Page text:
Caesalpinia Sappan Wood (Su Mu)

sappan lignumSappan wood, also known as Caesalpinia sappan in scientific name or Su Mu in Pinyin, is a medicinal and dye yielding plant. Medicinally the brazilin and volatile oil, extracted from heartwood of sappan tree, can kill bacteria, reduce swelling, and relieve pain. As a result, it is widely used in traditional Chinese medicine and the “Compendium of Materia Medica” reviews that it is able to promote blood circulation and disperse stasis. In addition, in recent years this herb is also found with effects of enhancing the cardiovascular contraction as well as hypnotizing and anaesthetizing central nerve. So, this is a drug you should never look down upon although it is not one of 50 fundamental Chinese herbs.

What is Caesalpinia sappan?

Medicinally it refers to the dried heartwood of Caesalpinia sappan L., which is a species flowering tree belonging to the legume or pea family (fabaceae). It is also a relative of Brazilwood (Caesalpinia echinata) and they are under a same genus. Hence, other common names of it include Sappanwood, “brezel wood”, East Indian redwood, Sapanwood, Suou, Chekke Sappanga, Sumu, sappan lignum, and so on. It is originally produced from the Malay Archipelago and Southeast Asia. In China it is now mainly cultivated or uncultivated in provinces of Guangxi, Guangdong, Yunnan, and Taiwan. And the one with best medicinal uses is from Guangxi. It can be harvested all year round. The steps are to cut down the trunk, remove the branch bark and sapwood, take the central part, saw it into segments, and dry in the sun. When processing it as medicine, it needs to be planed into thin slices or cut into small pieces, or sliced after steaming soft.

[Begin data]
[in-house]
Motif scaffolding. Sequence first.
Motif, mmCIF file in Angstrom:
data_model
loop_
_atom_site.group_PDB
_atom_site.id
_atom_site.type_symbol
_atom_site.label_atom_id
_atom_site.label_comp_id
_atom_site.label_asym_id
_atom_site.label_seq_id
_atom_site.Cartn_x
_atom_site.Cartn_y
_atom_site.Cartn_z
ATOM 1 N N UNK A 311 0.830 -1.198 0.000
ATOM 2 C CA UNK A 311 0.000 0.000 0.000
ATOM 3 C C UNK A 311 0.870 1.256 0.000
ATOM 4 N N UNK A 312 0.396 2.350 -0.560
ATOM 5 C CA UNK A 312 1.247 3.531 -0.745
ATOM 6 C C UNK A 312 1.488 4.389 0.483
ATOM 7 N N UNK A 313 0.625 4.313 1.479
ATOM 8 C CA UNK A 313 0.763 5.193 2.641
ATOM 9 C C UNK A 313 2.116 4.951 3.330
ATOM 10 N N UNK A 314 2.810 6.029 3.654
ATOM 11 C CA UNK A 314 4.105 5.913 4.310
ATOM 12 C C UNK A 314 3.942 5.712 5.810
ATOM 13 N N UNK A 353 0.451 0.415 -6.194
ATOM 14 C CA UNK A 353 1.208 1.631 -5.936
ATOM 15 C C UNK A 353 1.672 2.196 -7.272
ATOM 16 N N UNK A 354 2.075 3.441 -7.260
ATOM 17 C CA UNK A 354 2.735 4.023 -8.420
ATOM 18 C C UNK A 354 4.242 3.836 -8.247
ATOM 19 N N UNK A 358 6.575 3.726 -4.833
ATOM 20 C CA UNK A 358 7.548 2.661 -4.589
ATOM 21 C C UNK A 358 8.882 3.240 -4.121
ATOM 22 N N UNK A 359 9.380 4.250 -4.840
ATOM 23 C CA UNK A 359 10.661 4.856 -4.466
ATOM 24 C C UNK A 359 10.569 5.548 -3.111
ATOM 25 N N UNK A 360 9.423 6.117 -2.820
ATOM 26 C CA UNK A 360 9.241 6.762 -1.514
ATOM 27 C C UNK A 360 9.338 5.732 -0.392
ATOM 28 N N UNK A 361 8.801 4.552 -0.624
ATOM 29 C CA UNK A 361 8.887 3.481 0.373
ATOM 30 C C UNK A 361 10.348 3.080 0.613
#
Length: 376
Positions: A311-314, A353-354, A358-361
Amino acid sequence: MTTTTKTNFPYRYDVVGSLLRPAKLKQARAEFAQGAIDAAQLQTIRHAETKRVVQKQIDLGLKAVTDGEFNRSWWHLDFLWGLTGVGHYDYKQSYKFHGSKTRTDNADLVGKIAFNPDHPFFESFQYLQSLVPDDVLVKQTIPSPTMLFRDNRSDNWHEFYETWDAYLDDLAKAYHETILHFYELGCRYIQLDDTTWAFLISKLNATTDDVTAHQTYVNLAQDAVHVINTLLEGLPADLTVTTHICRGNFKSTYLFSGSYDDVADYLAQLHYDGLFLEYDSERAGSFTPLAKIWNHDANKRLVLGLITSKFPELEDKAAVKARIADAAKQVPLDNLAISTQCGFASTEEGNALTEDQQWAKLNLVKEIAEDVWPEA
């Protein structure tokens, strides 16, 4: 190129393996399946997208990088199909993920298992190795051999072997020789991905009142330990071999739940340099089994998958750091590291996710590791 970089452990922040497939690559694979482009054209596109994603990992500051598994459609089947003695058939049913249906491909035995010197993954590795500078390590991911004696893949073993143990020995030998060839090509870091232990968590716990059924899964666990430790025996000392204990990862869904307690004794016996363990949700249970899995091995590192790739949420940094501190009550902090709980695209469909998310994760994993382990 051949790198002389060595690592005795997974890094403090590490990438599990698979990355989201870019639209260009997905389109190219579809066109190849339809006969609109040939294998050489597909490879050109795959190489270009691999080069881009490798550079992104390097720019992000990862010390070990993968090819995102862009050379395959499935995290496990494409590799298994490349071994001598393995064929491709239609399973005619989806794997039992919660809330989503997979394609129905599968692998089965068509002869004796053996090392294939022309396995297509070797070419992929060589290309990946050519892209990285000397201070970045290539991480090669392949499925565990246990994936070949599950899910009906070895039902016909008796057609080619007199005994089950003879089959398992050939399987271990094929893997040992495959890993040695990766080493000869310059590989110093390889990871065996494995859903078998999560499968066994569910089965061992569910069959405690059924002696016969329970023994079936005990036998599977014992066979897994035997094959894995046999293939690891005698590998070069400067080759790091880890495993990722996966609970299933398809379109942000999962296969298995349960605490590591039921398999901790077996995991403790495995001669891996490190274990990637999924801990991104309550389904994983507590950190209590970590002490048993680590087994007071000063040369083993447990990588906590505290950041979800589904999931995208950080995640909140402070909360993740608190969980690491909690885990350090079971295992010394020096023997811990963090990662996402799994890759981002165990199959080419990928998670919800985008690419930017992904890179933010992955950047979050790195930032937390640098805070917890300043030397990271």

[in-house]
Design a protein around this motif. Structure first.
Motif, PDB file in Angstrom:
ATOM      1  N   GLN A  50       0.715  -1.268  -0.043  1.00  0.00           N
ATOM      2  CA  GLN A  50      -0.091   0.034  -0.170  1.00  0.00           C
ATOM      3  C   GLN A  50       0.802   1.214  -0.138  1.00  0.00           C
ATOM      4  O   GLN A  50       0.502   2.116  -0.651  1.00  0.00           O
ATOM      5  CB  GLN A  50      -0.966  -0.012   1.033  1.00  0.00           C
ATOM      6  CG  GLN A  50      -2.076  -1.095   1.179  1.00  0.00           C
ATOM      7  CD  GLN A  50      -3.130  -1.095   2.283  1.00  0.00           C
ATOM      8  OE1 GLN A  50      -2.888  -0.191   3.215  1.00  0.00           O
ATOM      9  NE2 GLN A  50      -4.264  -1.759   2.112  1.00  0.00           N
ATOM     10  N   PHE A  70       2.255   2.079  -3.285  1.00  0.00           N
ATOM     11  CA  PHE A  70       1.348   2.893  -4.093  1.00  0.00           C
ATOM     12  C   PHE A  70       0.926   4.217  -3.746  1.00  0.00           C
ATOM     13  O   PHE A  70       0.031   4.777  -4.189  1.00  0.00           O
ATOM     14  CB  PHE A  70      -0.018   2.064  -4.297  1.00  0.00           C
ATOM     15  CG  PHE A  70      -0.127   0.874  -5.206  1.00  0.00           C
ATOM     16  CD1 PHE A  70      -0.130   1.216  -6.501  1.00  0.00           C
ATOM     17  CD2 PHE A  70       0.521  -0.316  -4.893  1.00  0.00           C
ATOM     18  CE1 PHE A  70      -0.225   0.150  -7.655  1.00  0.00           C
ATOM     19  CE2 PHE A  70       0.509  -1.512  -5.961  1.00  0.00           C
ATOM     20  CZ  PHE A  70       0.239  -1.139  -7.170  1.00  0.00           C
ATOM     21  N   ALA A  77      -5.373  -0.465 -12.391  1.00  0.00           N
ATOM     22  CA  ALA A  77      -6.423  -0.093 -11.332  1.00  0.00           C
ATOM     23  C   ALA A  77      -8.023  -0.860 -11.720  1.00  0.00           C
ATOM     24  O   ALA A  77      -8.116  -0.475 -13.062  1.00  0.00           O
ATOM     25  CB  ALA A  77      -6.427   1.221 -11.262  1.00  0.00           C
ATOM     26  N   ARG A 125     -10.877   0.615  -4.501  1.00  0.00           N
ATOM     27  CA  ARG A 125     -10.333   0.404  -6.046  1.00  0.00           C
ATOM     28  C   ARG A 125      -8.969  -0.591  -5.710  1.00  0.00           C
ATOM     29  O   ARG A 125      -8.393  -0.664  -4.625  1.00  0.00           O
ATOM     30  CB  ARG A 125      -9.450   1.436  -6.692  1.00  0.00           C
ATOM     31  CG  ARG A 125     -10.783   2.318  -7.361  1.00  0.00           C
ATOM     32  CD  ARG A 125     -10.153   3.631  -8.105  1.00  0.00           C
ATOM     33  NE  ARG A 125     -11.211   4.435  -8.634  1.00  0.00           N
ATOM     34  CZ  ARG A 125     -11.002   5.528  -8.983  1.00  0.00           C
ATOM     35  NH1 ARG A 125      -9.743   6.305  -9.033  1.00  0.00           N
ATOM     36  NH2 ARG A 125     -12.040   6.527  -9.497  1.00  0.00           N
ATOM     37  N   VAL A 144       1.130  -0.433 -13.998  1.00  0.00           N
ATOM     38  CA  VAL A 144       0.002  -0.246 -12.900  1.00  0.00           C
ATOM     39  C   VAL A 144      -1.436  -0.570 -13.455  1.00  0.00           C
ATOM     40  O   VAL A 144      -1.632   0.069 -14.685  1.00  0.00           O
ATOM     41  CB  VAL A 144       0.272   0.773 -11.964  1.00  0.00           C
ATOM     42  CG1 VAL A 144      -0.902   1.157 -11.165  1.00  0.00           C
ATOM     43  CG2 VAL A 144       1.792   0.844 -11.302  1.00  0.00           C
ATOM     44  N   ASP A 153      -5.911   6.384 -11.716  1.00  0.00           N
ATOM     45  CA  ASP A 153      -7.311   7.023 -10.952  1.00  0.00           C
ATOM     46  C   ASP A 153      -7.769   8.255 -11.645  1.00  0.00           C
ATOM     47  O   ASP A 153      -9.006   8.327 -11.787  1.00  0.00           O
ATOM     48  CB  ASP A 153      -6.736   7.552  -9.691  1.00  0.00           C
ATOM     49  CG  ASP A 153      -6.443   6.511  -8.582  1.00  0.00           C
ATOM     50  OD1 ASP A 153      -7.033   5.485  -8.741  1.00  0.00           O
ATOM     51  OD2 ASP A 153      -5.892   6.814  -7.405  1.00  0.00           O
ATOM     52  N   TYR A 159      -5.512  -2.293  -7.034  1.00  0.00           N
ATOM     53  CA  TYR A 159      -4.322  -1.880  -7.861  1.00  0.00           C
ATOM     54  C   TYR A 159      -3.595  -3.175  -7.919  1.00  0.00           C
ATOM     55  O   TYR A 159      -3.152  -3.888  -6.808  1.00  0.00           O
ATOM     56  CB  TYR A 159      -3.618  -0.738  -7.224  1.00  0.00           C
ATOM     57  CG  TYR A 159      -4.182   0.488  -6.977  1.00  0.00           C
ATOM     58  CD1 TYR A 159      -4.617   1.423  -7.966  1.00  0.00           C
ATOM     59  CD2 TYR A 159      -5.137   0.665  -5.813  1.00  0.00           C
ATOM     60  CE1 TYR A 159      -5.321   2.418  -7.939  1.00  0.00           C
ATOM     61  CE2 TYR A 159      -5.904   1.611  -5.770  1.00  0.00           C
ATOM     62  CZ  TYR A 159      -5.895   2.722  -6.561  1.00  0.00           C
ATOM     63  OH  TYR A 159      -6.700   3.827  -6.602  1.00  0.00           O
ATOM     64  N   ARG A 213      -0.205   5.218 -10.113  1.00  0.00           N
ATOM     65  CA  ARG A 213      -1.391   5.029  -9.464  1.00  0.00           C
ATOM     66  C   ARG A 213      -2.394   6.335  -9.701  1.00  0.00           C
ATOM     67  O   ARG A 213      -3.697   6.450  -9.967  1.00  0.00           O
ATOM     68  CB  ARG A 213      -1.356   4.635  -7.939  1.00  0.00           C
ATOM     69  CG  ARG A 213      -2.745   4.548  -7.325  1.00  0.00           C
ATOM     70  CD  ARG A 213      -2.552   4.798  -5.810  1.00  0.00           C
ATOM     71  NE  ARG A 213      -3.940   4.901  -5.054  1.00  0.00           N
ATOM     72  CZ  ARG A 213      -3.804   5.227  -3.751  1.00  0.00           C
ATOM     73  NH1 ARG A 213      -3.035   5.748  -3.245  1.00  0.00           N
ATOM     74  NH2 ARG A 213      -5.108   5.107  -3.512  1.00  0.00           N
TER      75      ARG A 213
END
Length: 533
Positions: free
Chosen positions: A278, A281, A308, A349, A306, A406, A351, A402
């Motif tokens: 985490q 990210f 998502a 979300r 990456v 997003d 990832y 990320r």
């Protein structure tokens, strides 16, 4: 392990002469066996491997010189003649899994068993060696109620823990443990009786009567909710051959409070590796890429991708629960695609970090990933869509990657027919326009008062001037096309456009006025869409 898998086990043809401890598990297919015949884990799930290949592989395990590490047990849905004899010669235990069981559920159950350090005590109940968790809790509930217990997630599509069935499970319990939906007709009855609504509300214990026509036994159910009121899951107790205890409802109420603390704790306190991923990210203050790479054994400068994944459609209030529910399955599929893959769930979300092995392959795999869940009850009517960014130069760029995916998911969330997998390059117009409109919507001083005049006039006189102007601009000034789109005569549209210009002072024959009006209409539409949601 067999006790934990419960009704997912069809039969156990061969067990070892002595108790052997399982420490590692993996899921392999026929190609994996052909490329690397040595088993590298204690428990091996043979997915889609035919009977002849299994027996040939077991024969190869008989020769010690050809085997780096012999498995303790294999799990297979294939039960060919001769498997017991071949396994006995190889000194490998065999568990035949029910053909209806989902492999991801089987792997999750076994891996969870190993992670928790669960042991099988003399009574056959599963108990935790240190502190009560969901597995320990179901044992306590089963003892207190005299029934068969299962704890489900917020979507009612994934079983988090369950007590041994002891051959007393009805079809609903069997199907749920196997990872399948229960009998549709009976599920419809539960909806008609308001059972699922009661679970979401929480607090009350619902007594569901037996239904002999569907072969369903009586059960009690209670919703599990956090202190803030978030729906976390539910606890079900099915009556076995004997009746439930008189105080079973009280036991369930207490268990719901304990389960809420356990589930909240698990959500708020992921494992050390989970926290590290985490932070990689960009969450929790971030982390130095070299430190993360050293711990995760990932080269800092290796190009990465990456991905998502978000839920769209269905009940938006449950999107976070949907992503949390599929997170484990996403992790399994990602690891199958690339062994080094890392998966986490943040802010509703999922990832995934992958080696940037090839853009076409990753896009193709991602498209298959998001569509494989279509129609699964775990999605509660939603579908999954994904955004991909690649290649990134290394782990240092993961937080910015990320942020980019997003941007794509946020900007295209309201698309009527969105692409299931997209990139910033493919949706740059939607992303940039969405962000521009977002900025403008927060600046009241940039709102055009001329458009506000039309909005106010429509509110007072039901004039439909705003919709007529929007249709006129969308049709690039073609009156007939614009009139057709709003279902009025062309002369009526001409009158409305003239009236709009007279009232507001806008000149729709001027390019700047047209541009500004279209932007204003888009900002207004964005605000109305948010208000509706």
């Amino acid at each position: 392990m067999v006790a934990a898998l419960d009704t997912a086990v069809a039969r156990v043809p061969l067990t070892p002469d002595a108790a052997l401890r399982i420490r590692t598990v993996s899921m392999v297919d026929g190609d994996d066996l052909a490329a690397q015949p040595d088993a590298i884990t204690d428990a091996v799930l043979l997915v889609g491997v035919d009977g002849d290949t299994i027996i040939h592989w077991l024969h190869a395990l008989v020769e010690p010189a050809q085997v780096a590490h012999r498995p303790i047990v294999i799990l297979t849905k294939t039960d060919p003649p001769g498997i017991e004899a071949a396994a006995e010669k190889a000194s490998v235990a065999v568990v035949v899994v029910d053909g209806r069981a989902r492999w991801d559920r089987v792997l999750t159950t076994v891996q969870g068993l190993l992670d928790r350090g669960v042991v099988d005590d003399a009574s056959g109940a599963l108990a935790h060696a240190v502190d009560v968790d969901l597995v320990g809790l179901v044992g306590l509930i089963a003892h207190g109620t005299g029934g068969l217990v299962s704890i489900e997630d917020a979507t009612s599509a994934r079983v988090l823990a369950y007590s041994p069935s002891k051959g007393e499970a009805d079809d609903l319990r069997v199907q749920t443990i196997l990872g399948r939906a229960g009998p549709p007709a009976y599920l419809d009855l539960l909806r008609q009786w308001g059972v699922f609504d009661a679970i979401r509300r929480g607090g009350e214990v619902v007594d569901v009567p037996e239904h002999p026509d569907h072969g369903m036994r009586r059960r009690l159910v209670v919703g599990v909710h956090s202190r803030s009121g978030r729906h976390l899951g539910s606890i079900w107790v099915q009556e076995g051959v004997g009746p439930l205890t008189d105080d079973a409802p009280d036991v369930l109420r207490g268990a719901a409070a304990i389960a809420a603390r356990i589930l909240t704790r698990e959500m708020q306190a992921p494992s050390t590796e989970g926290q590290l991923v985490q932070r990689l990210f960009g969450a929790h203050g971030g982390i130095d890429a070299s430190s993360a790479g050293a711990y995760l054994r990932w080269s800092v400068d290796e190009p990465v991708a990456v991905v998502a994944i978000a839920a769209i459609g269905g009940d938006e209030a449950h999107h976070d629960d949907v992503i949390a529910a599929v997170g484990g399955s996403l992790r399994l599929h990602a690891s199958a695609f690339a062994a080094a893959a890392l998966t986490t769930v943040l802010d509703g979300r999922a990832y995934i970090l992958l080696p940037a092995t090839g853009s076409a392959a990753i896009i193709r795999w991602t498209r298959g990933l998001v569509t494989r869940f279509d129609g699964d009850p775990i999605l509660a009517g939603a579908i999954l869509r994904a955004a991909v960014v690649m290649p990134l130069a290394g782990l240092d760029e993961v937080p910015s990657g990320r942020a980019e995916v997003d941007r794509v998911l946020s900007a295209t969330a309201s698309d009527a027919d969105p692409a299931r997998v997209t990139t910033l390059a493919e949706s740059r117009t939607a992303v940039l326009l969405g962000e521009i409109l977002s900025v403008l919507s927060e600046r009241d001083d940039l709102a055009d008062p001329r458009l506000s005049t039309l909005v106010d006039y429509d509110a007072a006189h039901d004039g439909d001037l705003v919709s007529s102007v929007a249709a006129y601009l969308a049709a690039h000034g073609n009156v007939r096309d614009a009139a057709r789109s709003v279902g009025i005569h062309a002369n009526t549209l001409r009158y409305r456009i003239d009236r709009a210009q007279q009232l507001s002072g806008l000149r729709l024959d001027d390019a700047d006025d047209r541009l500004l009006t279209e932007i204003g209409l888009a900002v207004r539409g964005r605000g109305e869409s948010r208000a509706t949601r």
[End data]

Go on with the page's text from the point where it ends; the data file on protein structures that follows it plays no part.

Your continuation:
This is a small evergreen tree, with a few small thorns and bipinnate leaves. It blooms from June to September each year. Yellow flowers have 5 petals and form panicles. Wooden pod is red-brown, no cracking. It can be harvested after 8 years of transplanting. The preferred sappan heartwood is with older and deeper color.

Main chemical constituents of sappan lignum include 3-deoxysappanone, sappanone, 3′-deoxysappanone, sappanol, episappanol, 3′-O-methyl brazilin, brazilin, brazilin derivatives, ombuin, rhamnetin, quercetin, sappanchalcone, 4-4′-dihydroxy- 2′-methoxy-chalcone, protosappanin, 10-O-methylpro-tosappanin, calsalpin, octacosanol, β-sitosterol, taraxerol, and so on.